Monday, March 1, 2010

"bonjour, je t'aime" - hello, I love you

So, it got hot for a little while, but now it's back to the usual windy, sunny weather in Dakar.  I worry about the weather in May, and the temperatures further inland, where we will be traveling this weekend--a field trip to Toubacouta (not to be confused with Tambacounda).  I'll tell you more about that later.  Here's Toubacouta/Toubakouta on the map:

And here's what this post is about: dating in Dakar.  Not about me dating, specifically, but in general--how we young American women have experienced Senegalese romance.

It usually starts like this: you're at the beach, or maybe at the boutique, and somebody greets you, asks you "nanga deff?" / "how are you?" and then "yaangi nos?" / "you having fun?" and then you say, yes, you're having fun, you're a student, you've tried ceeb-u-jen, you think Senegal is "neex na" / "good, tasty, nice."  Then he gets down to business.  Do you have a boyfriend?  Do you have a husband?  This is the crucial point on the conversation where you decide whether or not to lie in order to escape the following: he says that you're beautiful and asks for your number, your email--or wait, he'll just give you his.  Things escalate quickly: you're nice, you're pretty, you're perfect, you're the best of friends, you're his girlfriend.  Really.  In the space of one conversation.  It's overwhelming, to say the least, and the attention is incessant.  Many guys just don't get the hint, often forcing me and my friends to be uncomfortably distant and rude.

And so I talked with my host brother about it, who explained it in this way: "I love you"--or, "je t'aime"--is a way to begin a relationship, not something that a relationship arrives at.  And if a guy wants you to be his girlfriend after talking for 10 minutes, it's because he doesn't want to seem insincere.  For anything to happen between a guy and a girl here in Senegal--for him to visit you at home, say--it needs to be official.  As in, officially boyfriend and girlfriend (or "copine").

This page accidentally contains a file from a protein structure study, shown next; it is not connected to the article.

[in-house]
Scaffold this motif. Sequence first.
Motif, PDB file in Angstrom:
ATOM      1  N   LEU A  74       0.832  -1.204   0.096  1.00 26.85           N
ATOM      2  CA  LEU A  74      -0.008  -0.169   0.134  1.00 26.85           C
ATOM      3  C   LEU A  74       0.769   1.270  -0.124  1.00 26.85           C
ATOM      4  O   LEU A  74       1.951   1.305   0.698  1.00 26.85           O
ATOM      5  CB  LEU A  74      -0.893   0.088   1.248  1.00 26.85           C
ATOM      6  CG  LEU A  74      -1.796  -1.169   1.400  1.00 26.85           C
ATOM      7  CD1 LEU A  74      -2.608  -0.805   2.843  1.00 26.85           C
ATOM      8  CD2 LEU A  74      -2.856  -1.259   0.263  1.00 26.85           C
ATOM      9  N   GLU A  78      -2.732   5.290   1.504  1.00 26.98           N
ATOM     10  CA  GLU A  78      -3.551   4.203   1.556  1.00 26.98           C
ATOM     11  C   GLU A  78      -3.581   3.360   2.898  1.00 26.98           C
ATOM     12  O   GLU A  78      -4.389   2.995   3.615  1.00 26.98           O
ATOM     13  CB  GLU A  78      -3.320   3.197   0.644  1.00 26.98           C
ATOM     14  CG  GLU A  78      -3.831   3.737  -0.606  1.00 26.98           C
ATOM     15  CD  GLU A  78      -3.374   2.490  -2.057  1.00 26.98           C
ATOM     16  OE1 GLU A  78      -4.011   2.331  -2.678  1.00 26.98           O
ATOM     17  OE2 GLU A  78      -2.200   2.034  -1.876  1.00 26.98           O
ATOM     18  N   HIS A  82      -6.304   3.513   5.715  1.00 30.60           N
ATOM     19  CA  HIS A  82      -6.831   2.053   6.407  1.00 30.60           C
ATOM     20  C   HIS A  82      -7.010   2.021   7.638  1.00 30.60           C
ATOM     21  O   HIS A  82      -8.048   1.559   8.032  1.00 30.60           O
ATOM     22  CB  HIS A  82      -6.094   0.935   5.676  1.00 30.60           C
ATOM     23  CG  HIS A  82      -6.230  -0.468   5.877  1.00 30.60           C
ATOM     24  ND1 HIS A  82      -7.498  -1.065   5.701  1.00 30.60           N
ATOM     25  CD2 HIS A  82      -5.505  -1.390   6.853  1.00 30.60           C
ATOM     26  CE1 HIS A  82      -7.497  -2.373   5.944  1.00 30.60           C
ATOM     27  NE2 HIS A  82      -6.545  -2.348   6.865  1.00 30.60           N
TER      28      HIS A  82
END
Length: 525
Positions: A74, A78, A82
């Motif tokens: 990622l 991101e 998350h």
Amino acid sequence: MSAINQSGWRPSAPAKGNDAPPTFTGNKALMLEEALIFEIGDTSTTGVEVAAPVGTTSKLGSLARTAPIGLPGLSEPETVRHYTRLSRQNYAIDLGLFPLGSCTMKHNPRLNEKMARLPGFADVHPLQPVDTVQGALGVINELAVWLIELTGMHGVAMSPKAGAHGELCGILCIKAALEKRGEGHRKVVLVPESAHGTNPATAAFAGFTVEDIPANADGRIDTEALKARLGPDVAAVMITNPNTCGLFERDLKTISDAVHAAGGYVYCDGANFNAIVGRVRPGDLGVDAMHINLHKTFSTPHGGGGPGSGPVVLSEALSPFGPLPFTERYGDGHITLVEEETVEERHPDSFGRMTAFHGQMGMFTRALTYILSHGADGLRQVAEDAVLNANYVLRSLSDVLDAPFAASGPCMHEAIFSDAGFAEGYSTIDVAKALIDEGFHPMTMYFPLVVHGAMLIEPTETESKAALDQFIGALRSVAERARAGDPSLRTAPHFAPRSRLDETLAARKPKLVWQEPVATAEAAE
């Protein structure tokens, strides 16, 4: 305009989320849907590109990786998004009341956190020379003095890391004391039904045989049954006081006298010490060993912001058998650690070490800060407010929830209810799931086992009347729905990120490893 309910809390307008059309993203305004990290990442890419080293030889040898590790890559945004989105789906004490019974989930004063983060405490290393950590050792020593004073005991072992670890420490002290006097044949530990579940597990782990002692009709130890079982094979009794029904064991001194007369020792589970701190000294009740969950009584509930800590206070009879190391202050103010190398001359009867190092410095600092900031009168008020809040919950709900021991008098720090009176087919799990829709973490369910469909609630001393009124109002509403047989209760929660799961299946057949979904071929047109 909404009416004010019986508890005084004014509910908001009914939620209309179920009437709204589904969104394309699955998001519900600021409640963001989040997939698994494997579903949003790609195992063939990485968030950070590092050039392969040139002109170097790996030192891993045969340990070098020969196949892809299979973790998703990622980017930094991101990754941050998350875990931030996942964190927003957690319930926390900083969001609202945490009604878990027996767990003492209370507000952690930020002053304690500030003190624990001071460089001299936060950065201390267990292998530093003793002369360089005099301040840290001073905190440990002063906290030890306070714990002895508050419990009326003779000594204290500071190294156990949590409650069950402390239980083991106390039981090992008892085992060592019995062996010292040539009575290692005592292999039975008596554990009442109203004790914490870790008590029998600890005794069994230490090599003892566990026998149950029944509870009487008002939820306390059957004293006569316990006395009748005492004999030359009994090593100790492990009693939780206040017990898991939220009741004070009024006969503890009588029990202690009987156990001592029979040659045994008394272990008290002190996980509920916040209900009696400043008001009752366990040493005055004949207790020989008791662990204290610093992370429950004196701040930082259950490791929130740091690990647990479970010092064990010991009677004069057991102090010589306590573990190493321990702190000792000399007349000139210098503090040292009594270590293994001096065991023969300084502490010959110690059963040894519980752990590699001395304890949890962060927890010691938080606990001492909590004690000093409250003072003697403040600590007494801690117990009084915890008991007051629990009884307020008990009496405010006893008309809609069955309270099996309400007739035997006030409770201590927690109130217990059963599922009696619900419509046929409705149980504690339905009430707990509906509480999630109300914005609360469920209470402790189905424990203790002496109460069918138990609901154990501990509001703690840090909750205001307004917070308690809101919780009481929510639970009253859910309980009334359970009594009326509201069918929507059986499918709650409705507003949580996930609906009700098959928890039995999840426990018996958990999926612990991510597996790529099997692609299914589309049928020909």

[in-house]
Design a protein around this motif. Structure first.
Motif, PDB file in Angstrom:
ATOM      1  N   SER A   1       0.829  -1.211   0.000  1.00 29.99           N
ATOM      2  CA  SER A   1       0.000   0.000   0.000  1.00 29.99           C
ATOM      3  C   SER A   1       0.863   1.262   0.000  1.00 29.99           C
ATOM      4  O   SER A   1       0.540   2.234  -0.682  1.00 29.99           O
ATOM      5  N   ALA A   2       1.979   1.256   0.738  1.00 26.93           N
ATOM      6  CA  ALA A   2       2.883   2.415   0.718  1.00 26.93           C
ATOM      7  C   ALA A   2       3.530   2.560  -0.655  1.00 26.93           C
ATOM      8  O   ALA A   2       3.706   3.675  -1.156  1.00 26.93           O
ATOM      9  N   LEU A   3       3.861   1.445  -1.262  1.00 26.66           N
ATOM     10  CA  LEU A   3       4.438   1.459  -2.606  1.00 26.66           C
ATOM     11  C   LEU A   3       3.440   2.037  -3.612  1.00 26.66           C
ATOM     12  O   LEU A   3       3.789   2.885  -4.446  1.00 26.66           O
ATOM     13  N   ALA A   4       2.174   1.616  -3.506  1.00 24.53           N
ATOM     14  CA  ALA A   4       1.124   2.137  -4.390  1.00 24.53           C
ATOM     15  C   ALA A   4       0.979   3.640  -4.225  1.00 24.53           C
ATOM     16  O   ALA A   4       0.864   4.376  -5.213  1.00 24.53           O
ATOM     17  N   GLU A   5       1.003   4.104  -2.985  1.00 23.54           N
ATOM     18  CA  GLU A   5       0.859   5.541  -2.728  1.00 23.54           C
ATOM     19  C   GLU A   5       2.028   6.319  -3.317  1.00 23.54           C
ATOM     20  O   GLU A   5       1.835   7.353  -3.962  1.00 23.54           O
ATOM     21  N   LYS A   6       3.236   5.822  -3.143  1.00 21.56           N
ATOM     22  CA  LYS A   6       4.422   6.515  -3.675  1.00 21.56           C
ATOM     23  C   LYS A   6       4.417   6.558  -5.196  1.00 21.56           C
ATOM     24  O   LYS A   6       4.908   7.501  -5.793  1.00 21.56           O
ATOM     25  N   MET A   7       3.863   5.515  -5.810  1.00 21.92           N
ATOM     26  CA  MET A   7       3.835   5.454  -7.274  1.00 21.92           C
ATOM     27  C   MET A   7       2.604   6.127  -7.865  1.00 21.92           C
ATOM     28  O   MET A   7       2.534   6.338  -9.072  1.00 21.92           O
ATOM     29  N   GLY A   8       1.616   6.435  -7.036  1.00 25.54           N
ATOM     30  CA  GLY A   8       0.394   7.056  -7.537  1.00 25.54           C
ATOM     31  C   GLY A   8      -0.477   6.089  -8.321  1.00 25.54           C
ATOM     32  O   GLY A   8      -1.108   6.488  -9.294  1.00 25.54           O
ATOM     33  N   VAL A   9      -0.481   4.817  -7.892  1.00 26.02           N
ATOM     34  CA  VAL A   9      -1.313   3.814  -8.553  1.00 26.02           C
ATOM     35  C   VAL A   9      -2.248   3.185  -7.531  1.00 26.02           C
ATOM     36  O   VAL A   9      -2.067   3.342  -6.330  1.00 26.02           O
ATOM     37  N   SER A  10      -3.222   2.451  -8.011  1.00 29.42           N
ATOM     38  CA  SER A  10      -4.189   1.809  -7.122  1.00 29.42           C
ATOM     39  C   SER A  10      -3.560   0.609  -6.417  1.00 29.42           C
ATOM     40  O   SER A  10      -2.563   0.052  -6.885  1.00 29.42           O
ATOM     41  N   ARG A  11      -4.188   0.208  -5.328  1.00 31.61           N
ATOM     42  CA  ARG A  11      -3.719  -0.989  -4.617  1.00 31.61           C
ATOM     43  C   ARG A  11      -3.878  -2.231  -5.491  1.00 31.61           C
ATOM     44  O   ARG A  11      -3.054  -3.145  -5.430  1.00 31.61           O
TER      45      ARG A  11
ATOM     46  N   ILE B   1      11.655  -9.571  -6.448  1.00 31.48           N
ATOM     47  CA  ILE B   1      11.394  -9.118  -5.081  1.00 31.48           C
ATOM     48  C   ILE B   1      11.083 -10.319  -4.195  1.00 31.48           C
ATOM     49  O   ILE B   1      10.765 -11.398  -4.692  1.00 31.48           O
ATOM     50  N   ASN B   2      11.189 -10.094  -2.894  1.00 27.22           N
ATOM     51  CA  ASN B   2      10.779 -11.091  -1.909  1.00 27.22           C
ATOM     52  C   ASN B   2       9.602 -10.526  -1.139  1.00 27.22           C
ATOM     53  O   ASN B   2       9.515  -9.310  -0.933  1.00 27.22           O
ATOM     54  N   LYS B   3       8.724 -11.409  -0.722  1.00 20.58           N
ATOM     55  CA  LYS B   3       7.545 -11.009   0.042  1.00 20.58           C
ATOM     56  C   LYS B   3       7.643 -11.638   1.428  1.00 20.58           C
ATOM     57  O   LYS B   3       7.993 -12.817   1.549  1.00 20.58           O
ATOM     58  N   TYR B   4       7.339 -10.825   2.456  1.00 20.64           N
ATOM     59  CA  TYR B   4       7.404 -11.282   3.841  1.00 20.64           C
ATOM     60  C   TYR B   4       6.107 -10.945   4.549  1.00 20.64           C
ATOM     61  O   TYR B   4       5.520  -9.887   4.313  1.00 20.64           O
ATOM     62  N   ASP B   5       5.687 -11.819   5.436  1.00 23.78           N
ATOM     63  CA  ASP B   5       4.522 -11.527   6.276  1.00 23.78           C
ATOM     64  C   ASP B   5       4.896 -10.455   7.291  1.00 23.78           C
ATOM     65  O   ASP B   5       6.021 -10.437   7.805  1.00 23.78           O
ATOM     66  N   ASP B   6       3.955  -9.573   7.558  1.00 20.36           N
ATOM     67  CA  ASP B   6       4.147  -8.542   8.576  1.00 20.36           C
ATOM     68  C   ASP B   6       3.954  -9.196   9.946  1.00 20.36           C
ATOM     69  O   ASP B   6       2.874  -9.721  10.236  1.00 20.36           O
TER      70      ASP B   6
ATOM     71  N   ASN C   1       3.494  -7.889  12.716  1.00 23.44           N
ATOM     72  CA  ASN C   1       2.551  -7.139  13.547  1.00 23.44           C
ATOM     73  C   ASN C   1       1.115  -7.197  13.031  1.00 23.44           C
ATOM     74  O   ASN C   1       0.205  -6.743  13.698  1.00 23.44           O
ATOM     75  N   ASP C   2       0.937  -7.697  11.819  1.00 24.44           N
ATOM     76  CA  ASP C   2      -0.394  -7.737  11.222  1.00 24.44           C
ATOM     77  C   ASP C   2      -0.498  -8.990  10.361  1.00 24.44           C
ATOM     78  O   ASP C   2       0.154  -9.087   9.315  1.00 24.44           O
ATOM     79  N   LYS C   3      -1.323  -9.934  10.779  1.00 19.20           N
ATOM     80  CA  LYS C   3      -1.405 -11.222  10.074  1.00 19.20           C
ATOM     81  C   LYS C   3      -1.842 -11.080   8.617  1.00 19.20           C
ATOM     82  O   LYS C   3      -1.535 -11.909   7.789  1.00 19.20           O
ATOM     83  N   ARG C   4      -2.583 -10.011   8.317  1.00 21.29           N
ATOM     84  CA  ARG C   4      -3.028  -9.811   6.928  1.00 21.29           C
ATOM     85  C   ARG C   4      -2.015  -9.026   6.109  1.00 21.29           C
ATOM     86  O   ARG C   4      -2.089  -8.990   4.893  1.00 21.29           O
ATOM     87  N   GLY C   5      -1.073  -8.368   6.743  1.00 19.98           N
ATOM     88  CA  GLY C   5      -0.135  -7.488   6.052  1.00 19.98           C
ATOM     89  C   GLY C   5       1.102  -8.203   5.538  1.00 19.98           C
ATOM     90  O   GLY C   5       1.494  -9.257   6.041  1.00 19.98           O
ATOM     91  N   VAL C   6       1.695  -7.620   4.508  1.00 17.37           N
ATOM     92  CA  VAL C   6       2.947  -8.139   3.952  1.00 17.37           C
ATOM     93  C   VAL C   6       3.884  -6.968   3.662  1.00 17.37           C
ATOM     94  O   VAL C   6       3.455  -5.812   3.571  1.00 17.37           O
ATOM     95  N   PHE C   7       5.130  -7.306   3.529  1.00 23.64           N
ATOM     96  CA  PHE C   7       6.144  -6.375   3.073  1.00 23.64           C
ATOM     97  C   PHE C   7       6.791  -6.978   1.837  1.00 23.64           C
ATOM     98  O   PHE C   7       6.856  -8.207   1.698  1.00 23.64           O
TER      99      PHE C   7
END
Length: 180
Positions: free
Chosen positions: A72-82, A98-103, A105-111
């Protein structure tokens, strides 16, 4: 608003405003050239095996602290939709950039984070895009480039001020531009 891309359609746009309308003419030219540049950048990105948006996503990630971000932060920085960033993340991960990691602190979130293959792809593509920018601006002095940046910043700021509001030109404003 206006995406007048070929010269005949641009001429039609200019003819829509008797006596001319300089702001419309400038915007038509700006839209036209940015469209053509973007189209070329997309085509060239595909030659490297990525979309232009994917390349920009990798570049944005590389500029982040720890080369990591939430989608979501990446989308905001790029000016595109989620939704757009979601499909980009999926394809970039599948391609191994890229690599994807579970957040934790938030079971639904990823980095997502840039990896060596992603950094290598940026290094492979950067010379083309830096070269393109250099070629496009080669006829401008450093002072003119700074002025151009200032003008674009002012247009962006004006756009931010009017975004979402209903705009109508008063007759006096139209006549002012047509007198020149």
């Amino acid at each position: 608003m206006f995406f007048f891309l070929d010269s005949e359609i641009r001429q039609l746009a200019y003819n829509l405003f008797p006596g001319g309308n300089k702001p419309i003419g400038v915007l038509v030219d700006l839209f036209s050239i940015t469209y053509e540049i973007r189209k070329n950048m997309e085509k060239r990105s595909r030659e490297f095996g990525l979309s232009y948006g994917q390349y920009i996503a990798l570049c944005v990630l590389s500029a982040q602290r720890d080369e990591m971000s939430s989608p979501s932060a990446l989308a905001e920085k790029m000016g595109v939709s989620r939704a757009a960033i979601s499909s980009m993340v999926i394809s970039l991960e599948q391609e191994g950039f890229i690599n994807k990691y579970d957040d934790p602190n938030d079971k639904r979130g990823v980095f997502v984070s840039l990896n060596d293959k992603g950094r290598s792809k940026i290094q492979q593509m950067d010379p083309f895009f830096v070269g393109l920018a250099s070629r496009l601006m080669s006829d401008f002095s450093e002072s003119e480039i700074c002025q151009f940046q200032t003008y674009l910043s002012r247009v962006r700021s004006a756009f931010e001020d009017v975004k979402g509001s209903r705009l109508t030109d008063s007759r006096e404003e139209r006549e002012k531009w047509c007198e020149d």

I remember learning about cultural "frames" in an anthropology class at Yale and thinking that they were interesting.  Now, I know that they are real.  It's like looking into mirrors that don't seem to reflect the world right-side up.  You can't fathom others' reasons and motivations for acting in such a way, because it's counter to the social norms that you know and practice.  Disorienting.

It's not that Senegalese men don't know how dating works in the States--my host brother also gave a very good description of that--but they just don't realize how off-putting it is for an American girl to hear those words ("i love you, will you be my girlfriend?").  And my host brother acknowledged that there are men with no jobs and not much to look forward to, and so to marry an American girl would be nice...but then what about those who ask you if you have a husband as a matter of course, just to check?  What's with that?

Sometimes, it's sweet.  I can feel very attractive, all the time.  Sometimes, though, I just get frustrated.  Why, I want to ask, do you think you can stop me on the street?  Get in my way, bother me, talk to me, or even just stare?  I want you to leave me alone, let me and my friends walk in peace.  I don't want to be forced to have to say I have no time, I have a husband, I have to go, bye now.

Whew.  Let me take a break with a pretty picture of us sharing pictures:

at the restaurant, La Phare

Anyway.  Some cross-cultural relationships do work here.  Young women at the WARC do have Senegalese boyfriends who are wonderful and help show them around the city.  Last year, I think, one of the girls got married and stayed here.  And there's a lot of love to go around in this country.  It's a good place.  A great place.  But a sometimes a difficult place to be a young single white woman.

(For a highly insightful and similarly frustrated take on this same theme, read this post by Emily Matthews, a fellow student abroad student and a clever blogger.)

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